Last week’s release of the SEC’s game plan for allowing advertising for the private placement of securities will cause a big shift in what the public is able to see. As stated in the release of the proposed rule, the private market is nearly as big as the public capital markets. In 2011, $895 billion was raised through Rule 506 private placements while only a bit more, $984 billion was raised in registered offerings. This trend has been true for several years for Regulation D fund raising. Here is a round up of commentary on the proposed rule:
Proposed Rule Regarding General Solicitation and Advertising by Mary L. Schapiro in the Harvard Law School Forum on Corporate Governance and Financial Regulation
I believe that the proposed rules fulfill Congress’s clear directive that issuers be given the ability to communicate freely to attract the capital they need, while obligating them to take steps to ensure that this ability is not used to sell securities to those who are not qualified to participate in such offerings.
Increasing the Vulnerability of Investors by Luis A. Aguilar in the Harvard Law School Forum on Corporate Governance and Financial Regulation
I cannot support the proposal, because it presents a framework that is not balanced and that fails to address the acknowledged increased vulnerability of investors. In fact, there is no consideration of any of the commenters’ proposals that would have decreased investor vulnerability.
Sen. Levin Urges SEC to Enhance Investor Protections in Proposed Rules Implementing JOBS Act Ending of General Solicitation in Jim Hamilton’s World of Securities Regulation
Senator Carl Levin (D-MI), Chair of the Senate Investigations Subcommittee, urged the SEC to improve the investor protection aspects of proposed regulations implementing the elimination of the ban on general solicitation in Regulation D effected by the Jumpstart Our Business Startups (JOBS) Act. In his statement, the Senator specifically asked the SEC to require those who advertise private deals to take steps to ensure that investors have the information and expertise to make these risky investments. The Commission should also require that the content of the advertising satisfies some minimum standard, such as those that mutual funds are currently subject to. The proposed regulations do neither, said Chairman Levin, adding that they undermine investors protections, put at risk the investments of ordinary citizens, and ignore years of experience and law.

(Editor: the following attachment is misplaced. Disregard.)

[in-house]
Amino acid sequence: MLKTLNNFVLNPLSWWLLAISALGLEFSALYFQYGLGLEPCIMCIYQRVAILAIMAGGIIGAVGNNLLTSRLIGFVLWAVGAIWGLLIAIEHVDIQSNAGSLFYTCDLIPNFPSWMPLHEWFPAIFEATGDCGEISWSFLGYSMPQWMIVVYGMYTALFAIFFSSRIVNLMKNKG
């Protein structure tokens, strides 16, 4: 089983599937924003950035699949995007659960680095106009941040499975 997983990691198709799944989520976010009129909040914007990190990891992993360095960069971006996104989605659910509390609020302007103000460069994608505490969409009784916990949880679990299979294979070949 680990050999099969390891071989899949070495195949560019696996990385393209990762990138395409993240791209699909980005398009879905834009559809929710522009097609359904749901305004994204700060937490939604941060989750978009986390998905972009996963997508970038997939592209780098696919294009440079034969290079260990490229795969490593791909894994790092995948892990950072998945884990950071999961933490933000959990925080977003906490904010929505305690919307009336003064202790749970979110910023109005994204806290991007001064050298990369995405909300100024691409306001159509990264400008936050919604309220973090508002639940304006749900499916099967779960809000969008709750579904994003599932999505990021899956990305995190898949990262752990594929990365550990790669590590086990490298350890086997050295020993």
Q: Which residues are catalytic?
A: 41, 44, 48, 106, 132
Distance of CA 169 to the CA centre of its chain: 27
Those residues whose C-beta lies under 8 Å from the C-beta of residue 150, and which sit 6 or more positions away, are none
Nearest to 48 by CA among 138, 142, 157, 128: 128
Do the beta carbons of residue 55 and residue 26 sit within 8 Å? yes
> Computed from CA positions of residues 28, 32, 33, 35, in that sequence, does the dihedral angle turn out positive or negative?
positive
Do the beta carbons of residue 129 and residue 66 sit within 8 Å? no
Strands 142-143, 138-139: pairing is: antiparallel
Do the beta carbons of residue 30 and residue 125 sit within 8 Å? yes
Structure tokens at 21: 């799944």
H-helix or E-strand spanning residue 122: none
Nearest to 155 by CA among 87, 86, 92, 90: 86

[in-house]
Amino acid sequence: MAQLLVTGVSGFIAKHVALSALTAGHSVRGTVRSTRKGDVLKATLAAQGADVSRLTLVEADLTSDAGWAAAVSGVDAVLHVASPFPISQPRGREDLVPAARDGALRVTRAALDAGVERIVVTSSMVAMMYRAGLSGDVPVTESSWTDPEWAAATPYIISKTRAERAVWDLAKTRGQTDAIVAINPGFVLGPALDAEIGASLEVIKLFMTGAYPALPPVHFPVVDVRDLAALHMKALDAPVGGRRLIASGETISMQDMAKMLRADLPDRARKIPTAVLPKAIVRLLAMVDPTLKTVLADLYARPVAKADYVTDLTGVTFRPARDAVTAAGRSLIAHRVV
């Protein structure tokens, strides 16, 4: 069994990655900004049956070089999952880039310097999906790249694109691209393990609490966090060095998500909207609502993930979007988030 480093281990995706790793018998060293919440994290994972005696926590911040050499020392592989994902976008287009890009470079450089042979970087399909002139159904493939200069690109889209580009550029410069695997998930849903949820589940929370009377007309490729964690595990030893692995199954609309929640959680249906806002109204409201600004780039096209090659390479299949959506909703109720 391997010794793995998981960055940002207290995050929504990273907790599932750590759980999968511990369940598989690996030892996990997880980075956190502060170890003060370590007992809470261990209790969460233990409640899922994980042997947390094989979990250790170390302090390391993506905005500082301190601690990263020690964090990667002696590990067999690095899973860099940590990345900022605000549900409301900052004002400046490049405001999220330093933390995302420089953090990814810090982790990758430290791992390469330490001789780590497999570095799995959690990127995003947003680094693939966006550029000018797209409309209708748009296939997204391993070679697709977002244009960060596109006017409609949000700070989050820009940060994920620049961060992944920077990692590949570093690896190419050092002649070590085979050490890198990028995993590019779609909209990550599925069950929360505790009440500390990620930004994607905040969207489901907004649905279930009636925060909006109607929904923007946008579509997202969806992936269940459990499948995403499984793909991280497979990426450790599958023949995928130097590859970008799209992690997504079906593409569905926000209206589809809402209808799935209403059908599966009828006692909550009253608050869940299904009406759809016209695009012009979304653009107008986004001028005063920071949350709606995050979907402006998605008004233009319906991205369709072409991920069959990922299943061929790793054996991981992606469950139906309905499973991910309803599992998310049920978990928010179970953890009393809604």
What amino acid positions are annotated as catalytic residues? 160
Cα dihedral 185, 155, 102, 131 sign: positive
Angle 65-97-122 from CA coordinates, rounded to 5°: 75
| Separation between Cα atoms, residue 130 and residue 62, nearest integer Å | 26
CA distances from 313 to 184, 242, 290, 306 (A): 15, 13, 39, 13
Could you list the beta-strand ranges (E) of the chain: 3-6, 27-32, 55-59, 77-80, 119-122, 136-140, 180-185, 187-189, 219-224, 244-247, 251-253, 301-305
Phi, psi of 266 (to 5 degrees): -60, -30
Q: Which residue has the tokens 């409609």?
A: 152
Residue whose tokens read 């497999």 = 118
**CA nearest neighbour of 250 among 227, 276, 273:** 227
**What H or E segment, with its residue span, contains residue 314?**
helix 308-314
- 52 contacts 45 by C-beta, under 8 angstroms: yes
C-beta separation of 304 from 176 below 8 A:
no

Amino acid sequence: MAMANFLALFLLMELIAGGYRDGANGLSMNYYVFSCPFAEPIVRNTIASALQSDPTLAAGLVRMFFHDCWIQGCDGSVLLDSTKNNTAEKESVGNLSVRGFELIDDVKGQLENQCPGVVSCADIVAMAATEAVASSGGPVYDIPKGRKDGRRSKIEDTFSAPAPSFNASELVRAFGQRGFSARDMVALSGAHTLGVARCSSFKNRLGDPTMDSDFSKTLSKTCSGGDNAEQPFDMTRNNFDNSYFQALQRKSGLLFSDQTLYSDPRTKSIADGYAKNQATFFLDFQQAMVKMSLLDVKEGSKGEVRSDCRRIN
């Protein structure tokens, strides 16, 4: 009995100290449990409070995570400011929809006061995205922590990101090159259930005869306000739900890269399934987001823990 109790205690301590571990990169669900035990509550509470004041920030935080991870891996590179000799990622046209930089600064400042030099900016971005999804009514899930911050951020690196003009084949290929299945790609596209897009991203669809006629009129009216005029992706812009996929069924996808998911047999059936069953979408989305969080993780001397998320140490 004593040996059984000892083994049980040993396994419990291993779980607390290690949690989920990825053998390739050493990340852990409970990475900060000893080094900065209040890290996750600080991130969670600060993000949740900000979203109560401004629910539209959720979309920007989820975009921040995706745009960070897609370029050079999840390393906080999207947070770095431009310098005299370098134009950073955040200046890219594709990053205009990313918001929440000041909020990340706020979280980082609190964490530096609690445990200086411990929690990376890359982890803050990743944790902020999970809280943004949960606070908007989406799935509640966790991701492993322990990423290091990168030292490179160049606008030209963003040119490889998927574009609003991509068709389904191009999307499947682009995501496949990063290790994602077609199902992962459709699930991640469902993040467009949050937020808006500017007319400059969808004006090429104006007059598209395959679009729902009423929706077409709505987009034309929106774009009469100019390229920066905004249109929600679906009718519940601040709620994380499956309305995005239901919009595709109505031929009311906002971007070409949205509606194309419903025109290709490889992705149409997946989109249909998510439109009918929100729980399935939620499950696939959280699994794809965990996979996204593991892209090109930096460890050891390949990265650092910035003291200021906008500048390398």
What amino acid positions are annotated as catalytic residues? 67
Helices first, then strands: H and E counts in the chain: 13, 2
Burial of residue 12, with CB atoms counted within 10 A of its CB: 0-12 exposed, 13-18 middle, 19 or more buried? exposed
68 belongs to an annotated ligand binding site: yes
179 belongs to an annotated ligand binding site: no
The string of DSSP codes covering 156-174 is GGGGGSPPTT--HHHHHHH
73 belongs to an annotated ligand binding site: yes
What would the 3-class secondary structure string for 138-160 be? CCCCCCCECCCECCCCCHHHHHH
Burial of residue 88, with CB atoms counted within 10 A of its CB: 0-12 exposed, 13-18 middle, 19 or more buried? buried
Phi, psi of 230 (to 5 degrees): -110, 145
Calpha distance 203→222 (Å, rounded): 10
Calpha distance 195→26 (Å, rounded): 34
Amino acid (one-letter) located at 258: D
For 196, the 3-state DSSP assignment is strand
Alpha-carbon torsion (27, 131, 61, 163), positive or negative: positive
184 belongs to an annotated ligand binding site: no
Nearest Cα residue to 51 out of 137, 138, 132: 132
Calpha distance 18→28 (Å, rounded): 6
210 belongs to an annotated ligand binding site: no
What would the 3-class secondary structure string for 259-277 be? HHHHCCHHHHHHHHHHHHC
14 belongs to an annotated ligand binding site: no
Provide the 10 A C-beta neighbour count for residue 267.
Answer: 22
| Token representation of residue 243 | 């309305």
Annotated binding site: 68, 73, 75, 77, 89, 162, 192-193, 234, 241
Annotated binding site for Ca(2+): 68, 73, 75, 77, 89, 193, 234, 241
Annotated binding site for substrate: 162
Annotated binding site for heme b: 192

New SEC Rules Practically Require Hedge Funds To Advertise On DealbreakerBy Matt Levine
The day when you can advertise your hedge fund on Dealbreaker creeps ever closer, so claim your spot now because they are going fast.* The SEC has shown some justifiable skepticism about implementing the JOBS Act, and at least SEC-ster thinks that it’s been dragging its feet on the hedge fund advertising rules, but still, it has to be said, when the SEC was told to let you advertise your hedge fund, they really let you advertise your hedge fund. Soon you will be able to:
- say whatever you want about your hedge fund, and
- not say whatever you don’t want to say about it, as long as
- you take reasonable steps to actually sell it only to accredited investors.
To generally solicit, or not to generally solicit? by William Carleton
A lot was at stake. I had said the rules could prove disastrous to angel investing, should the SEC specify methods of “verification” of accredited status that were too onerous for companies, or too invasive of investors’ privacy.
But disaster didn’t happen.
Hedge Fund Advertising is right around the corner… FINALLY! in HedgeCo.Net
We can now also offer hedge funds the ability to advertise their fund to our large user base. We can target different types of investors (ie: family offices, high net worth, etc.), we can target investors looking for certain styles of funds, assets under management, sharpe ratio, etc. These types of tools and others we have created specifically for hedge funds will be very powerful for firms who are looking to grow their AUM going forward. Also, as a result of owning not only HedgeCo.Net but also owning several other well trafficked hedge fund websites and having established relationships with hedge fund publications both online and offline, we have created the first Hedge Fund Advertising Network.